The magnification of the system of FIG. 1 will slightly exceed unity. A light-impervious circular screen 5 is positioned between the object and image to prevent light which has not been reflected by both of the mirrors 1 and 3 from impinging on the image surface.

Systems similar to that of FIG. 1 can be made up of two centered concave parabolic mirrors of equal or slightly different focal lengths depending on whether no magnification, or a slight magnification or minification is desired. An object placed at the focus of one of the mirrors will be imaged at the focus of the other parabola. With all such systems made up of aspherical mirrors an aberration-free image may be formed of the axial point of the object. However, the useful field will be small in either case. Therefore, if the system of the invention has to be used for forming images of appreciable lateral dimensions preferably spherical mirrors will be used.

FIG. 2 shows such a system having two spherical concave mirrors 6 and 7, of which mirror 6 has a radius of curvature which is 1.5 times the radius of mirror 7. An object 8 is placed at the focus of mirror 6, i.e. at a distance from this mirror which is half the radius of curvature. Light rays departing from the axial point of the object 8 are reflected by mirror 6 so as to be practically parallel on their way towards the mirror 7. Since the object 8 is situated outside of the system mirror 7 must have a central aperture 10 permitting the light rays to pass through on their way towards the mirror 6. The object surface is readily accessible because of this position and e.g. the anode screen of an image amplifier tube may be accomodated therein, as is diagrammatically shown in FIG. 2. The image 9 is formed at the focus of mirror 7, i.e. at a distance from this mirror equal to half the radius of curvature of the mirror. The imagesurface is situated inside the system and in order to feed e.g. a photographic roll film to this surface the film must traverse the useful light beam from aside, or it must be passed over a number of rollers through a hole in the mirror 6, as shown in FIG. 2. Such complications can be avoided by designing the system so that both conjugate surfaces are outside of the system. The light-impervious screen in 'FIG. 2 is designated 11.

The system of FIG. 2 has a minification which is equal to the ratio of the radii of curvature of the mirrors, viz. 2/3. 7 It is observed that a minification or magnification can also be attained with mirrors of equal radius of curvature by not positioning the object in the focus of mirror 6 but more distant from or nearer to the mirror.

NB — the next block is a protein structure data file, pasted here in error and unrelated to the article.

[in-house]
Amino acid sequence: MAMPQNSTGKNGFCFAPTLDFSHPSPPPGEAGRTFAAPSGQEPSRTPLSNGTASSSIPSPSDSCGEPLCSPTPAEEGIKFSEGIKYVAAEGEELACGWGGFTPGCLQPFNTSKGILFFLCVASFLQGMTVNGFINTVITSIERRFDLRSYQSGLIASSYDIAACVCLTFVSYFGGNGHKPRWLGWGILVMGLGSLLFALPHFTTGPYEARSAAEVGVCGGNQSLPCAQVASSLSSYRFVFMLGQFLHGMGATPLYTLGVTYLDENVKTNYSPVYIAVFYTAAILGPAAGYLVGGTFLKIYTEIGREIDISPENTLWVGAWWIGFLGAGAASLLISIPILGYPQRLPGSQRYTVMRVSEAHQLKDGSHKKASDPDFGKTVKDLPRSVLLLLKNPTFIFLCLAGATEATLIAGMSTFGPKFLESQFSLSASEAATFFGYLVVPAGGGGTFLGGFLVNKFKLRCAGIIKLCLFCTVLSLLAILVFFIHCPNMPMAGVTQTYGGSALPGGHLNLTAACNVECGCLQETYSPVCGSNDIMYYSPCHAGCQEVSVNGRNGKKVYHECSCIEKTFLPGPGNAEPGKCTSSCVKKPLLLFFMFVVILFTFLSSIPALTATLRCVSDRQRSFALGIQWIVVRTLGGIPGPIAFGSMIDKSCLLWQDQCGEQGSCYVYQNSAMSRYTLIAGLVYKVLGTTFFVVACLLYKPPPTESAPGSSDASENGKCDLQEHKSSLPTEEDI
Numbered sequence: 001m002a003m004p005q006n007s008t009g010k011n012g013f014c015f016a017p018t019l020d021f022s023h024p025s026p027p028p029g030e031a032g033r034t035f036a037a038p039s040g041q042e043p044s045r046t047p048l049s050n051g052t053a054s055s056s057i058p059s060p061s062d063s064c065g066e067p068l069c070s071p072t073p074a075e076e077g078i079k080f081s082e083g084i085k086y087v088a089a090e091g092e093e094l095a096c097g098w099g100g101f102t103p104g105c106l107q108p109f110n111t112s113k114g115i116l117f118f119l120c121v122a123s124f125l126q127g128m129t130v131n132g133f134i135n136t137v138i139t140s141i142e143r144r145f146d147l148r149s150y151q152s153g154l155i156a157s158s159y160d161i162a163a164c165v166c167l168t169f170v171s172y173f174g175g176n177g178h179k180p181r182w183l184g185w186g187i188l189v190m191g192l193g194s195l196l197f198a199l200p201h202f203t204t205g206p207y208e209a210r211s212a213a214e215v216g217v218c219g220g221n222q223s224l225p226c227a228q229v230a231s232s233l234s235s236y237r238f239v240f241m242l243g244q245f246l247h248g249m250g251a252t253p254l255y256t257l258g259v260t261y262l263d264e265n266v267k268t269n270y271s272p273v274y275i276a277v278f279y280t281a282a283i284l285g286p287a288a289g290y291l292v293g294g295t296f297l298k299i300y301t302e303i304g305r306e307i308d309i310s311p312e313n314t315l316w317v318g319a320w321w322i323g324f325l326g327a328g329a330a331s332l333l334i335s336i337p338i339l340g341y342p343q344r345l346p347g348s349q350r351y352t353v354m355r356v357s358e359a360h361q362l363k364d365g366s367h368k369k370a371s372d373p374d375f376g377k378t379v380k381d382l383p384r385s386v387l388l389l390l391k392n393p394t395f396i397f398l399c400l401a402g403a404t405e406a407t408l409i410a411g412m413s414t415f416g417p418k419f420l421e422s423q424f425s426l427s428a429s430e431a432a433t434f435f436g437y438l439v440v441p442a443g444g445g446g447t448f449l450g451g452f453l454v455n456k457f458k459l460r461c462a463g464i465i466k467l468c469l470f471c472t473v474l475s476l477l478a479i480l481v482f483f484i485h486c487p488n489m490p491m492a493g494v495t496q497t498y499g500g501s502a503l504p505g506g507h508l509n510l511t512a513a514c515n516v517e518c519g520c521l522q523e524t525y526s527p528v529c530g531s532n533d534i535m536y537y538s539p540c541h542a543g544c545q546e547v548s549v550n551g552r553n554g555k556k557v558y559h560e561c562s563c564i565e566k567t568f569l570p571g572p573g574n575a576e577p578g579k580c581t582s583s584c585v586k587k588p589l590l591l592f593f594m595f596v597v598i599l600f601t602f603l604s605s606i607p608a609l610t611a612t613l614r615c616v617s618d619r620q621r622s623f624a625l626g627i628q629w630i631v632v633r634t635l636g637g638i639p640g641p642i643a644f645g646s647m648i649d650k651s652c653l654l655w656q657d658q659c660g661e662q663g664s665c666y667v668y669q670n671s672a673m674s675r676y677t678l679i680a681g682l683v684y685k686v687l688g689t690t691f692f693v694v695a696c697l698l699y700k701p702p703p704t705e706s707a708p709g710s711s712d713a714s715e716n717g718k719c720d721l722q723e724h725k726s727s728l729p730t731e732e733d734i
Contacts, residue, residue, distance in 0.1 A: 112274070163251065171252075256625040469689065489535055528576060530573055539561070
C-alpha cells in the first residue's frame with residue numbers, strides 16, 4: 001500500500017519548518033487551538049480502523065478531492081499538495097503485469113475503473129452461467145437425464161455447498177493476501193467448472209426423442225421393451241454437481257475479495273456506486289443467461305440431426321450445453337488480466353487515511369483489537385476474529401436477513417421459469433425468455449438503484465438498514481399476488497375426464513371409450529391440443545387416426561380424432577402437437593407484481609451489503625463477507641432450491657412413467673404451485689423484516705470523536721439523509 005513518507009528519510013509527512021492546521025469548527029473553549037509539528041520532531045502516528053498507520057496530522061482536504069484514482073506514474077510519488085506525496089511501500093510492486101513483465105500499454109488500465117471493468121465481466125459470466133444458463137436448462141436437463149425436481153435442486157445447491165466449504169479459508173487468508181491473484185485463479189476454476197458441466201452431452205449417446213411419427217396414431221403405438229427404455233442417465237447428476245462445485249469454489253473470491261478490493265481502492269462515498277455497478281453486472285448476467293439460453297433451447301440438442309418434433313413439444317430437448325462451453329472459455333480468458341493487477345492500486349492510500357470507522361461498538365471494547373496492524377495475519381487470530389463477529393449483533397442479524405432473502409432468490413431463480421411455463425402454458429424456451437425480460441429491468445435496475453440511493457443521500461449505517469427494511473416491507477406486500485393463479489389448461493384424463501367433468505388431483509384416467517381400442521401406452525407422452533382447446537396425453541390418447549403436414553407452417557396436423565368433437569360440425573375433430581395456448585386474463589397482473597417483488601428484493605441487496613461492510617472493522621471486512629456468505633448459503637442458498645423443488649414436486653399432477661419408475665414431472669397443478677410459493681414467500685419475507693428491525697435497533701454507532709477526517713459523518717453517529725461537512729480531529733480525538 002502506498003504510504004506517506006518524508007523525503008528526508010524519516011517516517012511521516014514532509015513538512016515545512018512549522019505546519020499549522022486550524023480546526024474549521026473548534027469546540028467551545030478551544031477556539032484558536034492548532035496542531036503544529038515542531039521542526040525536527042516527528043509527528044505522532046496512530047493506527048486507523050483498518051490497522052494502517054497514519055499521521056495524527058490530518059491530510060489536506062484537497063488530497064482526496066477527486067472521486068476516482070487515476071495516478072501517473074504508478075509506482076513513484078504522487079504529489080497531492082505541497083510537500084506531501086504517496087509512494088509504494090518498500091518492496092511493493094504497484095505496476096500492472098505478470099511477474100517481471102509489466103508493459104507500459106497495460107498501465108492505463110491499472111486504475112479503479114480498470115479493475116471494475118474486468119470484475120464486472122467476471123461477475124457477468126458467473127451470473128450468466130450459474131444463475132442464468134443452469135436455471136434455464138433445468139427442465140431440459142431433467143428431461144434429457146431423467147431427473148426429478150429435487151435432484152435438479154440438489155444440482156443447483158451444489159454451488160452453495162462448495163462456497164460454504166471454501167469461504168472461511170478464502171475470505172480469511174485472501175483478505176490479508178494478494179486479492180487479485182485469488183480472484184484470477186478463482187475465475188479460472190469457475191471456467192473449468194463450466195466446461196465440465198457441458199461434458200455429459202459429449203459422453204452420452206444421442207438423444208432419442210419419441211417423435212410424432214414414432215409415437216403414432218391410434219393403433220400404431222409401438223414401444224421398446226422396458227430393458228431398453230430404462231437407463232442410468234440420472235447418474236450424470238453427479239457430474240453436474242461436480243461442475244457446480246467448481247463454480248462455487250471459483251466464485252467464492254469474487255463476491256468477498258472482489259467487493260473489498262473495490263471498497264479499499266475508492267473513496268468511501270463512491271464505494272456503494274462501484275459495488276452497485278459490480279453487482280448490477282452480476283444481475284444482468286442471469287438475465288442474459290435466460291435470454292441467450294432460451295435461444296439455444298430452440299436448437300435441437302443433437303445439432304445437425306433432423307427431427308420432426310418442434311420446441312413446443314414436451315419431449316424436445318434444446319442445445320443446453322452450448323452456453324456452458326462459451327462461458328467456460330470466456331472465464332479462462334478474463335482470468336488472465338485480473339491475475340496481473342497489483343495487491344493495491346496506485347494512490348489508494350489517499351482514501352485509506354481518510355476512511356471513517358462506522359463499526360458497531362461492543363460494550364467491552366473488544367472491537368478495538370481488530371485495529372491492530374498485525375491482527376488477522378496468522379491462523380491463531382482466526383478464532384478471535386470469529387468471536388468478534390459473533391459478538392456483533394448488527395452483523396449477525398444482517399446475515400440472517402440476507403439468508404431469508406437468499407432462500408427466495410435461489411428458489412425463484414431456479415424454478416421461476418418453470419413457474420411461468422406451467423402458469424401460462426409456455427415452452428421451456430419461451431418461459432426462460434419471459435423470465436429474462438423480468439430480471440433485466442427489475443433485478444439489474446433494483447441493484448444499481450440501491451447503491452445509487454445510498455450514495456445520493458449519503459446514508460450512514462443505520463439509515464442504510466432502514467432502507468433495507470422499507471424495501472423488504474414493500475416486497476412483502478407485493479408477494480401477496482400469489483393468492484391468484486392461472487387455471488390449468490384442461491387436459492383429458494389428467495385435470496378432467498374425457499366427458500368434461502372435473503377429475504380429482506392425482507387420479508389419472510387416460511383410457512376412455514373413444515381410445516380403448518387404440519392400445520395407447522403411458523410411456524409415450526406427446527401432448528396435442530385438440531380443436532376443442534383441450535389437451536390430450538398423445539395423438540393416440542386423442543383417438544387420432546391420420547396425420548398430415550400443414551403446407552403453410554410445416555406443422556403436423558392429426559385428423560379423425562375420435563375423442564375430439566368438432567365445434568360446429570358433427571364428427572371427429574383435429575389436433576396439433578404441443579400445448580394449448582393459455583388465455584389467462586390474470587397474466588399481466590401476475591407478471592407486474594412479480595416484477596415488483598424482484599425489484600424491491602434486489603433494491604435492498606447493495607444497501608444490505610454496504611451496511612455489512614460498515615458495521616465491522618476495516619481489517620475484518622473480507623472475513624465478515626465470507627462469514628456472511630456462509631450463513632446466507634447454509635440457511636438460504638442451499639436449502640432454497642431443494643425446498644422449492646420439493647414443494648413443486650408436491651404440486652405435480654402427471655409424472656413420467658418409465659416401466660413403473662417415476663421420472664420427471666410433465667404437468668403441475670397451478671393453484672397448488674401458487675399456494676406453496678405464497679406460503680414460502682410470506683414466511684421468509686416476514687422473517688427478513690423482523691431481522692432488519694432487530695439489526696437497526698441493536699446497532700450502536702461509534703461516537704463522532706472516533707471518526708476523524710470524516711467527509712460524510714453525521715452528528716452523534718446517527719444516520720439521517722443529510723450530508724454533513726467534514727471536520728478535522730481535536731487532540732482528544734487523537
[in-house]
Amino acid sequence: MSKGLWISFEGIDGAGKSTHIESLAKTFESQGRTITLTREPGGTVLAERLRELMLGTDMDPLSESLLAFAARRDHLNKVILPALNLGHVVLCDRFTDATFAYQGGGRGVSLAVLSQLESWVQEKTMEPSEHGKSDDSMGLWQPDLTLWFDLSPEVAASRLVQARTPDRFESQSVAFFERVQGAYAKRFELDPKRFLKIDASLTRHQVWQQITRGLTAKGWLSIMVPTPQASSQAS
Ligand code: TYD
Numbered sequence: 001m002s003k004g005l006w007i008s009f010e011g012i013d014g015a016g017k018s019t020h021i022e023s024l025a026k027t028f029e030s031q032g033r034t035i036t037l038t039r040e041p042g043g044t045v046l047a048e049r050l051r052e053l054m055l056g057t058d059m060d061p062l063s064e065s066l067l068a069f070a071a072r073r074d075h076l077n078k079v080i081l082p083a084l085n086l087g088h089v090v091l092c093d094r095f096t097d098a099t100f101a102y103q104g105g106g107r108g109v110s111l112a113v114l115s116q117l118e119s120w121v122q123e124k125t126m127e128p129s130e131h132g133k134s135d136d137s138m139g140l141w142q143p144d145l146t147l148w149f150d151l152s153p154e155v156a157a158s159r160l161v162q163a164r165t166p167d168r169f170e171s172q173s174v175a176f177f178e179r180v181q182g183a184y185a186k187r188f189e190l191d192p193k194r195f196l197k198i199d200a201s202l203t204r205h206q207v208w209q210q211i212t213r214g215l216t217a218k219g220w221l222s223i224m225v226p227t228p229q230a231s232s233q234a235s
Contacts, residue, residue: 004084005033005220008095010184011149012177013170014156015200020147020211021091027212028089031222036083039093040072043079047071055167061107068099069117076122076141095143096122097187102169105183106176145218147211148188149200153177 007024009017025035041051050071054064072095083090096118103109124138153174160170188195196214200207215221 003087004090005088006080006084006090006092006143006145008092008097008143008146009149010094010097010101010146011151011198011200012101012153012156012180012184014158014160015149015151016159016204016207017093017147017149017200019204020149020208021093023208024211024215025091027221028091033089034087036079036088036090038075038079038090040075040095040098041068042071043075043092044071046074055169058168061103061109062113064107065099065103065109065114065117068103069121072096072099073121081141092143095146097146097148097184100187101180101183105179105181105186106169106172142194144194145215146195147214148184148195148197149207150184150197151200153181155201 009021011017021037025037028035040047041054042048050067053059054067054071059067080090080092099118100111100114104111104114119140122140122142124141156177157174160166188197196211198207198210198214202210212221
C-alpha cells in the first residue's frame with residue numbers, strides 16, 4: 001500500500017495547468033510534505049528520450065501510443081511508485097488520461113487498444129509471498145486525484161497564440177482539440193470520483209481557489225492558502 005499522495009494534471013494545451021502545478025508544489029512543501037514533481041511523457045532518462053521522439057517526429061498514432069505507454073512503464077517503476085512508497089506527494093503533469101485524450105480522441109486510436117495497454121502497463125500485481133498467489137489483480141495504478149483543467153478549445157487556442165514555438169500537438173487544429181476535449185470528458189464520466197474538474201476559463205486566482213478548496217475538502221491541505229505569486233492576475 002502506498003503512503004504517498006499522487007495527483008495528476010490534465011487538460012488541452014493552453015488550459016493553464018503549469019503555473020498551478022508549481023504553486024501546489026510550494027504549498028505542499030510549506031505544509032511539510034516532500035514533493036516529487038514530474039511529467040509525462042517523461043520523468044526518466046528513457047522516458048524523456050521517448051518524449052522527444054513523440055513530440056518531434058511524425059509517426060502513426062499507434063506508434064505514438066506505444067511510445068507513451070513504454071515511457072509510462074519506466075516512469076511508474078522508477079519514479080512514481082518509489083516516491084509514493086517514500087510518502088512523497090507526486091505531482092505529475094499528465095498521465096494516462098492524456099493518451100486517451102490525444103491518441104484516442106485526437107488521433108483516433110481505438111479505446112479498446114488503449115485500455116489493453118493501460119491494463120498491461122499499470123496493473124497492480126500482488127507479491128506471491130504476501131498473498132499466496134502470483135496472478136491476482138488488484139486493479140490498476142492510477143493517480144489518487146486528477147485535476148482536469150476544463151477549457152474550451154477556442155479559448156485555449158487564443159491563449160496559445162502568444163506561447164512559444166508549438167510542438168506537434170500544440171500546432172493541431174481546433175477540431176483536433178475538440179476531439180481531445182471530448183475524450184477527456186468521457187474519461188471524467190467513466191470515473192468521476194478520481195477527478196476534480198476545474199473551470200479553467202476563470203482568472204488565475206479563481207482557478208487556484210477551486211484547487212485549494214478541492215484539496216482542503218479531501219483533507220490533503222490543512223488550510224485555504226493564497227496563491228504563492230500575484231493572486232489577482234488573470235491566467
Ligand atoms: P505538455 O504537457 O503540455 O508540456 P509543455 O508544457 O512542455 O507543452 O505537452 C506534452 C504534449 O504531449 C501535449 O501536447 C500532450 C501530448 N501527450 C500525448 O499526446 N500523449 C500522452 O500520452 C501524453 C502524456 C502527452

The system of FIG. 3 consists of two spherical concave mirrors 12 and 13 having equal radii of curvature and placed at a mutual distance equal to the focal length of the mirrors. If symmetrically disposed object 14 and image 15 lie at the pole of the mirrors which each have a central aperture, and the magnification is unity. If the mirrors would approach each other still more, as indicated by the dotted lines 12' and 13', the conjugate surfaces would become further separated as indicated at 14' and 15 and would come to lie outside of the mirror system. As will be clear from the path of the light rays shown in dotted lines, in this case the central apertures of the mirrors must be made larger in order to keep the effective aperture of the light beam constant. However, the useful surface of the mirrors is reduced thereby. It is desirable therefore, with systems according to the invention which are to have a high luminosity, to locate the conjugate surfaces not too far outside of the mirror poles in order to avoid limitations due to a too small mirror aperture or light losses due to a too large central obstruction. Preferably, the conjugate surfaces lying outside of the mirrors have a distance from the mirror pole not exceeding .251, f being the focal length of the mirrors. In FIG. 3 the light-impervious screen 16 again intercepts direct light.

FIG. 4 shows a symmetrical system with two mutually identical spherical mirrors 17 and 18 in which, in order to correct for the spherical aberration of the mirrors, biconvex correction lenses 21 and 22 have been placed in the divergent beam near the object 19 and the convergent beam near the image 20, respectively. These lenses are at the same time active in partly or fully compensating the image field curvature inherent to the mirrors 17 and 18. The correcting lenses 21 and 22 are partly received by the central apertures of the mirrors 17 and 18, respectively. A light-impervious screen 23 prevents the image surface from receiving direct light. Instead of the single lenses and 21 compound correcting elements can be used for the same purpose in the divergent and convergent beams.

It will be clear that on some occasions a certain image curvature as introduced by the concave mirrors may be desirable, e.g. for the reason that the object and/or the image receiving surface themselves are curved. As examples the photocathode of many types of image amplifier tubes or the screen of cathode ray tubes may be mentioned.